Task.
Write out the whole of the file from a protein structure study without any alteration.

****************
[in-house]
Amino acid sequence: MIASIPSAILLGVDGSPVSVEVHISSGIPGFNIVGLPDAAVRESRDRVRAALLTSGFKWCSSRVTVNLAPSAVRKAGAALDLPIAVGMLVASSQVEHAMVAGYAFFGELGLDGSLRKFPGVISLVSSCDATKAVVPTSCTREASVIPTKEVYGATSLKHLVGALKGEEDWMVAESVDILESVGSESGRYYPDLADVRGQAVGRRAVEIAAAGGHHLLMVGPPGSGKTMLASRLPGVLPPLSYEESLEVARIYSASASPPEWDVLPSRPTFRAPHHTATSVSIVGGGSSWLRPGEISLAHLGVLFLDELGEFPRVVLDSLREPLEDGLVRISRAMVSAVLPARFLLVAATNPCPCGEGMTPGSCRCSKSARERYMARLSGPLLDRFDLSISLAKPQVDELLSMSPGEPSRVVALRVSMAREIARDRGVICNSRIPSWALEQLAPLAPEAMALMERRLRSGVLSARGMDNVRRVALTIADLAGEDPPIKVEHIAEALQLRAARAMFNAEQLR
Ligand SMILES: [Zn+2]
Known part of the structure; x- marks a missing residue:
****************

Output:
[in-house]
Amino acid sequence: MIASIPSAILLGVDGSPVSVEVHISSGIPGFNIVGLPDAAVRESRDRVRAALLTSGFKWCSSRVTVNLAPSAVRKAGAALDLPIAVGMLVASSQVEHAMVAGYAFFGELGLDGSLRKFPGVISLVSSCDATKAVVPTSCTREASVIPTKEVYGATSLKHLVGALKGEEDWMVAESVDILESVGSESGRYYPDLADVRGQAVGRRAVEIAAAGGHHLLMVGPPGSGKTMLASRLPGVLPPLSYEESLEVARIYSASASPPEWDVLPSRPTFRAPHHTATSVSIVGGGSSWLRPGEISLAHLGVLFLDELGEFPRVVLDSLREPLEDGLVRISRAMVSAVLPARFLLVAATNPCPCGEGMTPGSCRCSKSARERYMARLSGPLLDRFDLSISLAKPQVDELLSMSPGEPSRVVALRVSMAREIARDRGVICNSRIPSWALEQLAPLAPEAMALMERRLRSGVLSARGMDNVRRVALTIADLAGEDPPIKVEHIAEALQLRAARAMFNAEQLR
Ligand SMILES: [Zn+2]
Known part of the structure; x- marks a missing residue: